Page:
Yours in humbug,


Friday, December 21, 2007

The Golden Compass vs. Harry Potter. Smackdown!!

I picked up this YA fantasy novel hopefully, in anticipation of the film. Well I never saw the film because the reviews were just so totally dismal, but the book was fantastic. The most affecting part, as everyone says, is the relationship between the humans and their Daemons--or animal manifestations of their souls. So believable and well-drawn! I also loved Iorek, the ice-bear, and the warm gyptians and the cold but kind witches.
With all that happy praise out of the way, Phillip Pullman, you are no JK Rowling. As much as I adored this book, I neither rushed out to buy a sequel nor would have been more than a little miffed if I'd been interrupted. If it were a Harry Potter book my eyes would not have left the page. The difference is that JK Rowling taps into something in our core humanity that very few writers in any genre are able to.
Still, I'm going to pick up the Subtle Knife one of these days, and devour it greedily.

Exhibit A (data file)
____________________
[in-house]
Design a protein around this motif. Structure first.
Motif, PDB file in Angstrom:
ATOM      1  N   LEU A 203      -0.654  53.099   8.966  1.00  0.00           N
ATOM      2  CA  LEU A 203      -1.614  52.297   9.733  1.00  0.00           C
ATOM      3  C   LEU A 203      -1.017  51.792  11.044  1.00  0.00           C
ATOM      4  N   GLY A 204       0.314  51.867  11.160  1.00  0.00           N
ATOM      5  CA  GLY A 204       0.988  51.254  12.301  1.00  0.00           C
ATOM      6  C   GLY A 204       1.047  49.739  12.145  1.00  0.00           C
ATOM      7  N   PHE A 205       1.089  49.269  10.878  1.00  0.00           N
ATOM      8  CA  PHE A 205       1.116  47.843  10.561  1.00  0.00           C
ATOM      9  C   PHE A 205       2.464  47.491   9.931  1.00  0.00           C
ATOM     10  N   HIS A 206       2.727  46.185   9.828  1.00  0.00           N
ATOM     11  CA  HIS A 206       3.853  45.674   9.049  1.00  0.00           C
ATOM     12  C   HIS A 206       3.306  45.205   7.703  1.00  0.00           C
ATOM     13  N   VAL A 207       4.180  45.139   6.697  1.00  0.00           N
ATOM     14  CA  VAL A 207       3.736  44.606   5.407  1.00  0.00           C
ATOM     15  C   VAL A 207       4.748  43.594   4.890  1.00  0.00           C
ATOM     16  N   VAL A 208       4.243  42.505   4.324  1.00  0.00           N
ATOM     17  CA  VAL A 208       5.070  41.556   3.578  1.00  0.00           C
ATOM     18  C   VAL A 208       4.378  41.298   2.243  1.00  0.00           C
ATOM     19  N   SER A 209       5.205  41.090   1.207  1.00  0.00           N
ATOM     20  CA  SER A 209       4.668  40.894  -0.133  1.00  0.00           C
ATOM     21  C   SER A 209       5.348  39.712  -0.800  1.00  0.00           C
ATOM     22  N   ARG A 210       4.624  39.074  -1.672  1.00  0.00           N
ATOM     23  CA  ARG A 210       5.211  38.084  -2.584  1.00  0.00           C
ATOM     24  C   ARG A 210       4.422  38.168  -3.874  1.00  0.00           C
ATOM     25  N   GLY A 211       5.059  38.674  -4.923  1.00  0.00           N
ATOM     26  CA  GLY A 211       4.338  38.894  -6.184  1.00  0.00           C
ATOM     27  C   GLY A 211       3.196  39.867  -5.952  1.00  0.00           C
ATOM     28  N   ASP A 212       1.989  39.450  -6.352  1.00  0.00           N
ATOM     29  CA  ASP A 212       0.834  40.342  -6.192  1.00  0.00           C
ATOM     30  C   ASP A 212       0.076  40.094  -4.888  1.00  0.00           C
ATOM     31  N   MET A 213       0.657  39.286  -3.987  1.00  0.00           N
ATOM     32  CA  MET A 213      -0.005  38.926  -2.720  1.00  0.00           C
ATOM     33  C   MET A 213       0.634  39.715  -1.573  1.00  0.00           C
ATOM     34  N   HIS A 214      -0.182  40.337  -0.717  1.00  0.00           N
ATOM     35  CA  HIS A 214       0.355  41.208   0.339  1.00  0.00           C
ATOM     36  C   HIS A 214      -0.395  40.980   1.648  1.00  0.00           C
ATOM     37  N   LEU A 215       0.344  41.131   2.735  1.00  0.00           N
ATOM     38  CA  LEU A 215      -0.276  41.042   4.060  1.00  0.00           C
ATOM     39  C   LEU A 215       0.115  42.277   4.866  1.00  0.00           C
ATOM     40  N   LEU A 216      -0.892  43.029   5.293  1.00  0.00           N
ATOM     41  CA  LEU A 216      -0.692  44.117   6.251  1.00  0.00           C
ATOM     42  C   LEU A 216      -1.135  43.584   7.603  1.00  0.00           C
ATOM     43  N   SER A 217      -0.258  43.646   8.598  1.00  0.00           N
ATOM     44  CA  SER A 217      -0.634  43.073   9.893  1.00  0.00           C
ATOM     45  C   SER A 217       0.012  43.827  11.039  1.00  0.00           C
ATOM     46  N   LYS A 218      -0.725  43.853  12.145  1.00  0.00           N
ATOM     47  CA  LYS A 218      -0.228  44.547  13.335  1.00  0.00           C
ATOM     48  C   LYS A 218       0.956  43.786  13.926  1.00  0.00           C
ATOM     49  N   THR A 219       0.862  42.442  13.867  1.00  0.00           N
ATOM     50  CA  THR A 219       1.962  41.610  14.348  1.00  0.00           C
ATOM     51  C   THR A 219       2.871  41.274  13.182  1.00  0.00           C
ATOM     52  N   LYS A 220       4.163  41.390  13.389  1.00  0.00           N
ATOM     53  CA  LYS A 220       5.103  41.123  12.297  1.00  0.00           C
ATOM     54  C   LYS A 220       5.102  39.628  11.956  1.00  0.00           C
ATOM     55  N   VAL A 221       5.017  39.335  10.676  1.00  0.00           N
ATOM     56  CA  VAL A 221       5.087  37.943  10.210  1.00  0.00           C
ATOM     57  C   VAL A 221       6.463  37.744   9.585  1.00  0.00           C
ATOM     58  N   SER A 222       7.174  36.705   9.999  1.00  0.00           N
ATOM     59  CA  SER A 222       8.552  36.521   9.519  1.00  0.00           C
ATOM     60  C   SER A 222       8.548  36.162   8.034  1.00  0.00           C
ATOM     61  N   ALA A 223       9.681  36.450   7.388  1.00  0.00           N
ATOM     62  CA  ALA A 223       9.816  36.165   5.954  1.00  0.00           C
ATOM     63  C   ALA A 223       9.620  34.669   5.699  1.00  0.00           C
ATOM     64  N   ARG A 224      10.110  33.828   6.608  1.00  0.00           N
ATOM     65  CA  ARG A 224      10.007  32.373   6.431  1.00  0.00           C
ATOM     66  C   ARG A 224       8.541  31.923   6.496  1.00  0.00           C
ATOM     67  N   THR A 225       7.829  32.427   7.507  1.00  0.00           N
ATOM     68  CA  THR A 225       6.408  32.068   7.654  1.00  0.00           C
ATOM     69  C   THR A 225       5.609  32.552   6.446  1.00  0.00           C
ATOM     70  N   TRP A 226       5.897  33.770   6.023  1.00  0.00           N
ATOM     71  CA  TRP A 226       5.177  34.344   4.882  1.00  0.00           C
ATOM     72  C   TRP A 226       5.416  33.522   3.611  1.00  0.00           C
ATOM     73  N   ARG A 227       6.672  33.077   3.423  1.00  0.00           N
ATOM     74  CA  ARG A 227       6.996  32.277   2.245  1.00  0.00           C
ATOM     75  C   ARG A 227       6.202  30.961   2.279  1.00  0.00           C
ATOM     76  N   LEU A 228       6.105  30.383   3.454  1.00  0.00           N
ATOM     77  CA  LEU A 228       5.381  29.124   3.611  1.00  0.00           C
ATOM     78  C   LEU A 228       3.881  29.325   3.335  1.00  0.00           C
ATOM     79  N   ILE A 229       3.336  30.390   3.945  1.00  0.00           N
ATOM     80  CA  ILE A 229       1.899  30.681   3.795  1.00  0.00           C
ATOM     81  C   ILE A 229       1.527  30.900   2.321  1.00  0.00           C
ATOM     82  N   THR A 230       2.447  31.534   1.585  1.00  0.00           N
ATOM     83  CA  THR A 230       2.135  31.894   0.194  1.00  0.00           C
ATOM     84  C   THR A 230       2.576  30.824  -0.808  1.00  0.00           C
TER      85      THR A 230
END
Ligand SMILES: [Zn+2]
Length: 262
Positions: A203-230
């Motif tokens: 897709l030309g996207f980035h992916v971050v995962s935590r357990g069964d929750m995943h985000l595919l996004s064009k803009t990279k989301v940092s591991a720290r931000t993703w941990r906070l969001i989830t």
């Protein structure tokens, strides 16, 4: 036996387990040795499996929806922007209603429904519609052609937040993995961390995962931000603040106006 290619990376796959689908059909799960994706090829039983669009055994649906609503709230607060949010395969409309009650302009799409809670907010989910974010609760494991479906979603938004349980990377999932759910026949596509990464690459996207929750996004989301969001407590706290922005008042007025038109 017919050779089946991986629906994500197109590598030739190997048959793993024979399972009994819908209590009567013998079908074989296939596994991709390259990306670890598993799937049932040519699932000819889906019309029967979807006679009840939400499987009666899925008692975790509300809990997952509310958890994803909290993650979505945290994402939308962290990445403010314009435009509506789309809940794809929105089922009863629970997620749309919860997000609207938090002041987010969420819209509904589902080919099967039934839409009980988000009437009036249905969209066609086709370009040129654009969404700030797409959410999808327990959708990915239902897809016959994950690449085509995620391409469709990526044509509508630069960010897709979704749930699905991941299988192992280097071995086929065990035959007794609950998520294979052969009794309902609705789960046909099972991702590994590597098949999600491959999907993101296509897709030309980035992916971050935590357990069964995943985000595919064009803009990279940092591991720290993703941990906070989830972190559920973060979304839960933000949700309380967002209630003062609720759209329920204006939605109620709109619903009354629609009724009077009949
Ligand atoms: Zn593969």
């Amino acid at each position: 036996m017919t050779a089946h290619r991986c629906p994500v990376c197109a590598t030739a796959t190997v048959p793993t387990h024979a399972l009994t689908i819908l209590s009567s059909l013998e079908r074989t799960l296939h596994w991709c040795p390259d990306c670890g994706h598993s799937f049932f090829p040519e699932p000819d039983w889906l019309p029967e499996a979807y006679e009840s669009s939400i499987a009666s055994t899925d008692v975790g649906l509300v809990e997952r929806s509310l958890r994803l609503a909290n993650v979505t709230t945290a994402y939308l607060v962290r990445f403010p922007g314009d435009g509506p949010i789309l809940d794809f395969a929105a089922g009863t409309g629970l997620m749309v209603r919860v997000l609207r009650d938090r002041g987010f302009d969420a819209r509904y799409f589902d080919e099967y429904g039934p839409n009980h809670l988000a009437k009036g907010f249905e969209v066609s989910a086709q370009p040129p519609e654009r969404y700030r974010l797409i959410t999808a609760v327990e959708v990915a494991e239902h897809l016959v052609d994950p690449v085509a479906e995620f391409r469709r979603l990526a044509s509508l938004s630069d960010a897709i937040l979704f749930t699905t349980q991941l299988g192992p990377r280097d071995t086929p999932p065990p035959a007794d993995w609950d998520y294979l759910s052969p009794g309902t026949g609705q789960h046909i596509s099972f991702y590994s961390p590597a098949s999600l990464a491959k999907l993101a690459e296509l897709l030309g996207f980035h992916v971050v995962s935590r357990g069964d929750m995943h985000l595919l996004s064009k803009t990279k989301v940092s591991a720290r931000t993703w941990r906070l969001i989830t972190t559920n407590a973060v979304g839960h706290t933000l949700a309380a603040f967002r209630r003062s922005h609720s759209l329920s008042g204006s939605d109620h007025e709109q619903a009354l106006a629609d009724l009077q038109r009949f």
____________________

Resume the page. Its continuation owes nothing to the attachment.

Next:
Thursday, December 20, 2007


Jennifer Weiner, author of much loved she-centric (not chick-lit) fiction, has a blog, and it's funny, interesting and super egalitarian. She bashes privilege like a pro! Rock on.

Tuesday, December 18, 2007

Daniel Deronda--reviewed and re-Jewed.

I love me a sexy Hebrew.

Greetings readership. It's been a long time, as they say, and there's much to catch up on that will never truly be caught up upon, because time is ephemeral and stuff. (Again, what I've been doing.)

To prove my mettle, I return to you with a full-on discussion of Daniel Deronda, a very wonderful and complex work by George Eliot that helped me get through the December blahs. And of course being an egalitarian bookworm chick, I followed up my dense reading with a dense viewing of the obligatory Andrew-Davies penned BBC miniseries, which wickedly sexed up the villain to such an extent that he may qualify as the worst. husband. ever., even for a BBC miniseries. Which as we all know is saying a lot.